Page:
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Gabby Petito's Mother Makes $100,000 Donation to Combat Domestic Violence

People logo People 8/5/2022 Steve Helling

a person standing in front of a swing: Gabby Petito Instagram Gabby Petito © Provided by People Gabby Petito Instagram Gabby Petito

The mother of Gabby Petito is channeling her grief into advocacy — and hoping to help others escape from domestic violence.

On Thursday, Nichole Schmidt announced that The Gabby Petito Foundation would make a $100,000 donation to the National Domestic Violence Hotline as part of the organization's "Hope Can't Wait" initiative. 

The intent: to give other victims the resources to protect themselves and escape violent relationships.

"We're trying to do good for Gabby, and for everybody else," Schmidt told NBC's Today. "Our story begins because of domestic violence tragedy, and we don't want to see that happen to anybody else." 

RELATED: Brian Laundrie's Parents Skipped Hearing on Civil Lawsuit Alleging They Covered Up Gabby Petito's Murder

Schmidt learned that her daughter was in an abusive relationship in 2021, after Petito and her boyfriend, Brian Laundrie spent the summer traveling across the country in a white van together, documenting their adventures on YouTube along the way.

Soon, Petito stopped responding to messages. On Sept. 1, Laundrie quietly returned to his parents' home in North Port, Fla., with their van but without Petito. Ten days later, Schmidt reported her daughter missing.

Video: Gabby Petito’s mother announces effort to fight domestic violence (TODAY)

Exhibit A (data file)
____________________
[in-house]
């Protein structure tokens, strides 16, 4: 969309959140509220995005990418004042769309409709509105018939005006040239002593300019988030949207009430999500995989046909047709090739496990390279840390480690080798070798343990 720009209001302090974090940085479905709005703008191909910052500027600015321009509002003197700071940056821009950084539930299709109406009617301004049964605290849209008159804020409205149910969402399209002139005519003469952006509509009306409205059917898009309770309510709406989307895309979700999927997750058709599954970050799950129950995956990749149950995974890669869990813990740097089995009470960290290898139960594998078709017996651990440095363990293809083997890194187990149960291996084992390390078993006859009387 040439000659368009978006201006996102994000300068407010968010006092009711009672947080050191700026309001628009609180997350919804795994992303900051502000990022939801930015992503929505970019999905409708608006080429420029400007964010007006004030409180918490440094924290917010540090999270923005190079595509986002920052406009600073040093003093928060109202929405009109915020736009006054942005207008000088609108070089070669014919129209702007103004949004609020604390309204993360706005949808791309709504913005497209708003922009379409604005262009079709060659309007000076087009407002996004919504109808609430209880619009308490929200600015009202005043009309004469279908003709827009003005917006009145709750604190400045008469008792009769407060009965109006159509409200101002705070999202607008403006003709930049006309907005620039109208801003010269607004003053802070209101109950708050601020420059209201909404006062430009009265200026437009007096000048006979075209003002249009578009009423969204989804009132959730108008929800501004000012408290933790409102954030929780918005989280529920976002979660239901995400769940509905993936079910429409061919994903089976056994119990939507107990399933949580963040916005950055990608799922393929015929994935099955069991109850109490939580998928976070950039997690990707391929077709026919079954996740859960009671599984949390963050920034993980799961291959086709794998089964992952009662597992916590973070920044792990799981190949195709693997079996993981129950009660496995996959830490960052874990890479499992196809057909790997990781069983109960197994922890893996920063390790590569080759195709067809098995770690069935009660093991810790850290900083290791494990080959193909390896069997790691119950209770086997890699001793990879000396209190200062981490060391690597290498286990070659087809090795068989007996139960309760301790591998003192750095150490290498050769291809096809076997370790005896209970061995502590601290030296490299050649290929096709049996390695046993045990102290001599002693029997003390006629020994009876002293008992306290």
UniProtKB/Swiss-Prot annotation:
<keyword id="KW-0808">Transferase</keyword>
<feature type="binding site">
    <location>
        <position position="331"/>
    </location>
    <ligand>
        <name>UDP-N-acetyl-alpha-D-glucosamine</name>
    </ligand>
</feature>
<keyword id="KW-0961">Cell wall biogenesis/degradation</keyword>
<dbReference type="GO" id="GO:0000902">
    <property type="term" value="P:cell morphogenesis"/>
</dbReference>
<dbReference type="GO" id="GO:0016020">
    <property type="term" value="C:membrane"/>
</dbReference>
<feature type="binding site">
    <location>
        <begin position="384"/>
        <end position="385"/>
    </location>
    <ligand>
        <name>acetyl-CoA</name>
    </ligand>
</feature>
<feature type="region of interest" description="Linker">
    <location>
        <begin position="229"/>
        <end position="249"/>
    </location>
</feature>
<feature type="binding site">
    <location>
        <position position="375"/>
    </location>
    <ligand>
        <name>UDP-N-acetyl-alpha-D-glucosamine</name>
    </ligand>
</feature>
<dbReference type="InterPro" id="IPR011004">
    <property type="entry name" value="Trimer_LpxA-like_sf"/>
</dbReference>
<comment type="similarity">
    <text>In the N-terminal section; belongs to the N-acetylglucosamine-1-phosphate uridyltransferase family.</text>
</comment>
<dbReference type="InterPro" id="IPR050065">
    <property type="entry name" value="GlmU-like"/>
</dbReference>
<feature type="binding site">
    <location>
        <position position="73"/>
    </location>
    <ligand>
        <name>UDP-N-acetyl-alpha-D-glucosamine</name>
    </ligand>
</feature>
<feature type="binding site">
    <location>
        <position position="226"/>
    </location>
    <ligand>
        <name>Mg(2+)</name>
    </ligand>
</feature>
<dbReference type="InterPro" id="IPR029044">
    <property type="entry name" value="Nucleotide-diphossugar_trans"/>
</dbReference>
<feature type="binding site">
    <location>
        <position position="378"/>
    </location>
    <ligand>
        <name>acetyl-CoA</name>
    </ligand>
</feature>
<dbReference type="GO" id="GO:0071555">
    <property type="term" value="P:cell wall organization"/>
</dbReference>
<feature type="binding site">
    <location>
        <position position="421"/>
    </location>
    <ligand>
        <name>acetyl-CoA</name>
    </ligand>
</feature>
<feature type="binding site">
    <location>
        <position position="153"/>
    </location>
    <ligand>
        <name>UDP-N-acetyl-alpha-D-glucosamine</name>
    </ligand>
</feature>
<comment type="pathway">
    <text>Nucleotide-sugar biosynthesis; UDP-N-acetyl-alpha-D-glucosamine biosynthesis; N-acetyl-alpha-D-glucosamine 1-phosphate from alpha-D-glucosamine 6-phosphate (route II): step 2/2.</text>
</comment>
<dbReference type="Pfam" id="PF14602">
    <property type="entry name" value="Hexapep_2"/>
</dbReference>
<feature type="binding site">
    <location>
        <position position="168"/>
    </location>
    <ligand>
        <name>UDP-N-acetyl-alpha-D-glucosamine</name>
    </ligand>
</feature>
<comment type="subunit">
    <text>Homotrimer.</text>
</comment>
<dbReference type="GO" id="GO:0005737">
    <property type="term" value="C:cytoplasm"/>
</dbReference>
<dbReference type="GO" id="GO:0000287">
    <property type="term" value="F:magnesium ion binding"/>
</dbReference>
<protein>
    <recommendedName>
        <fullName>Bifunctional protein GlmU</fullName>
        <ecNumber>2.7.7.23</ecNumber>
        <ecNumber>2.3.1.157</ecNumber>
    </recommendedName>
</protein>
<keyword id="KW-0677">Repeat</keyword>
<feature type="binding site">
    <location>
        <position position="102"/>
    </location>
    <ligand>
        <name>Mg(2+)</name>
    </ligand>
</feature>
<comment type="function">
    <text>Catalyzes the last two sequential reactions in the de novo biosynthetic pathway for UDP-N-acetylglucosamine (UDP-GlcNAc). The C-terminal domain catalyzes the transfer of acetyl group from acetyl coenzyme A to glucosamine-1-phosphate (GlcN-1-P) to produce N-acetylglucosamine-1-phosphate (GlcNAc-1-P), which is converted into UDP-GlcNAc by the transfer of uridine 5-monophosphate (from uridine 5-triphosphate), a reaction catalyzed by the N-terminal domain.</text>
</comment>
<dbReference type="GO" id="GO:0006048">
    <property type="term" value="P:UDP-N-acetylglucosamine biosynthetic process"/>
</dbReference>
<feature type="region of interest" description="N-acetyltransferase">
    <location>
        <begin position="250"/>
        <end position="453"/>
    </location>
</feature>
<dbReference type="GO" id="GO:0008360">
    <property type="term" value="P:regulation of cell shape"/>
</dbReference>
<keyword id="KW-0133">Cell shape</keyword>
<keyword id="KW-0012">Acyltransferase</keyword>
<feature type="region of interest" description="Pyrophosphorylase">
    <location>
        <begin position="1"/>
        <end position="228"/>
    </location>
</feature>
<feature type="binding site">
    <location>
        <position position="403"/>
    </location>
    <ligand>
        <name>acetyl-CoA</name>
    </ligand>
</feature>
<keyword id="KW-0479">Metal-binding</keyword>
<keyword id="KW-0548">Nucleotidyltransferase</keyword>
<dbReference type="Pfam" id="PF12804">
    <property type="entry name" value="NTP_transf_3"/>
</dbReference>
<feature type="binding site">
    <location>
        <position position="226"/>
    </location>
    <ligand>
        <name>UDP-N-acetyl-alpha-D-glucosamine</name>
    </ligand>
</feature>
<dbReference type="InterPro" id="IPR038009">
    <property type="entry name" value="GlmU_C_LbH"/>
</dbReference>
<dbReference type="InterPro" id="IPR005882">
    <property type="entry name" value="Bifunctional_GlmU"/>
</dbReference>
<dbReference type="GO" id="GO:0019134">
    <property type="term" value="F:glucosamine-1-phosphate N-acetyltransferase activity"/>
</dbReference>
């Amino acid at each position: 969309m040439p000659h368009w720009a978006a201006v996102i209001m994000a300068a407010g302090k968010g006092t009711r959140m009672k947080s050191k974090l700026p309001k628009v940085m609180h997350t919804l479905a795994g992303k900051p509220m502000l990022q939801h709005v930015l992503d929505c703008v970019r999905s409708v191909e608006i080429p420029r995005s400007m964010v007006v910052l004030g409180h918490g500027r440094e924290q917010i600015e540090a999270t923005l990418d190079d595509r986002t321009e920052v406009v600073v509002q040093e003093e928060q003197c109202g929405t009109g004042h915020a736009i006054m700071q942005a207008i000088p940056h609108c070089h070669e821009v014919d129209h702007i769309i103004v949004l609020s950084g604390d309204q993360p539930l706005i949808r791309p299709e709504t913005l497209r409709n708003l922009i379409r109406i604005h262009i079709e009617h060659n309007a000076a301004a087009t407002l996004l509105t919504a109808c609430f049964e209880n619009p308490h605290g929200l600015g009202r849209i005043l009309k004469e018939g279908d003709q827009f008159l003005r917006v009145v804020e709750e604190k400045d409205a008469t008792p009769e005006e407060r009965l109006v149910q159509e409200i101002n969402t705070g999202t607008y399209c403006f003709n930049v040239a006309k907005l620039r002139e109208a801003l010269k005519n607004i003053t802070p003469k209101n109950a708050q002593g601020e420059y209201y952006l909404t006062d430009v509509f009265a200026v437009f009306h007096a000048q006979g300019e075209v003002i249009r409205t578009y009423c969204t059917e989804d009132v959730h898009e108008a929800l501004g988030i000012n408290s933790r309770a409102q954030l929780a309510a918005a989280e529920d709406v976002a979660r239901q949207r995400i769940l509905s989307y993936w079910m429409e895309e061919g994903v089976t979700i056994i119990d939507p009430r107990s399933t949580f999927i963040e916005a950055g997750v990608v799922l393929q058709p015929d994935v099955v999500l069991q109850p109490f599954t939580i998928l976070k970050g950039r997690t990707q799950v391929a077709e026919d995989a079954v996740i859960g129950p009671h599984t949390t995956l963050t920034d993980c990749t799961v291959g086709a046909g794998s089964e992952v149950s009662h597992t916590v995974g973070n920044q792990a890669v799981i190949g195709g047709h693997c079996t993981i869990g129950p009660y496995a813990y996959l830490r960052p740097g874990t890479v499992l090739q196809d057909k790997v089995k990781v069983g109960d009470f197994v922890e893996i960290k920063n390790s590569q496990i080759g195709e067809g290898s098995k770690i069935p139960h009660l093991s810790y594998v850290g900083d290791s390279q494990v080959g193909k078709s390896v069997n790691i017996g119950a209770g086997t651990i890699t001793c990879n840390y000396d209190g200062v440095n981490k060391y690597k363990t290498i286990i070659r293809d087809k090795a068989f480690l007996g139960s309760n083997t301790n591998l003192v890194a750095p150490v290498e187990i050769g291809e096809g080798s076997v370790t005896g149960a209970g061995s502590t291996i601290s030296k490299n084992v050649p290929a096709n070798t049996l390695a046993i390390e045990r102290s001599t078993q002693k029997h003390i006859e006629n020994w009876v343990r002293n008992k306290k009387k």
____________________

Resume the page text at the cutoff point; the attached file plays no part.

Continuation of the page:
RELATED: A Timeline of Gabby Petito's Case, from Deadly 'Van Life' Journey to the Search for Fiancé Brian Laundrie

AP Photo/John Minchillo Gabby Petito's parents and stepparents at a press conference in September 2021 © Provided by People AP Photo/John Minchillo Gabby Petito's parents and stepparents at a press conference in September 2021

On Sept. 19, Petito's body was discovered in Grand Teton National Park. Her death was declared a homicide by the county coroner shortly after, and on Oct. 12, it was revealed that she died from strangulation.

Days after Petito's body was discovered, the U.S. District Court of Wyoming issued a warrant for Laundrie's arrest in relation to activities that occurred after Petito's death — not for her death itself.

Laundrie was never arrested on the Wyoming charges or charged with the disappearance and murder of Petito. On Oct. 20, his remains were discovered in a Florida nature park alongside his backpack and notebook. He had killed himself and left behind a confession about killing Petito.

While Schmidt and the rest of Petito's family have been devastated by their loss, they also intend to make an impact on other people

"She touched the world, right?" Schmidt told Today. "This whole tragedy that happened is for a higher purpose. That's what keeps me going." 

If you are experiencing domestic violence, call the National Domestic Violence Hotline at 1-800-799-7233, or go to All calls are toll-free and confidential. The hotline is available 24/7 in more than 170 languages.

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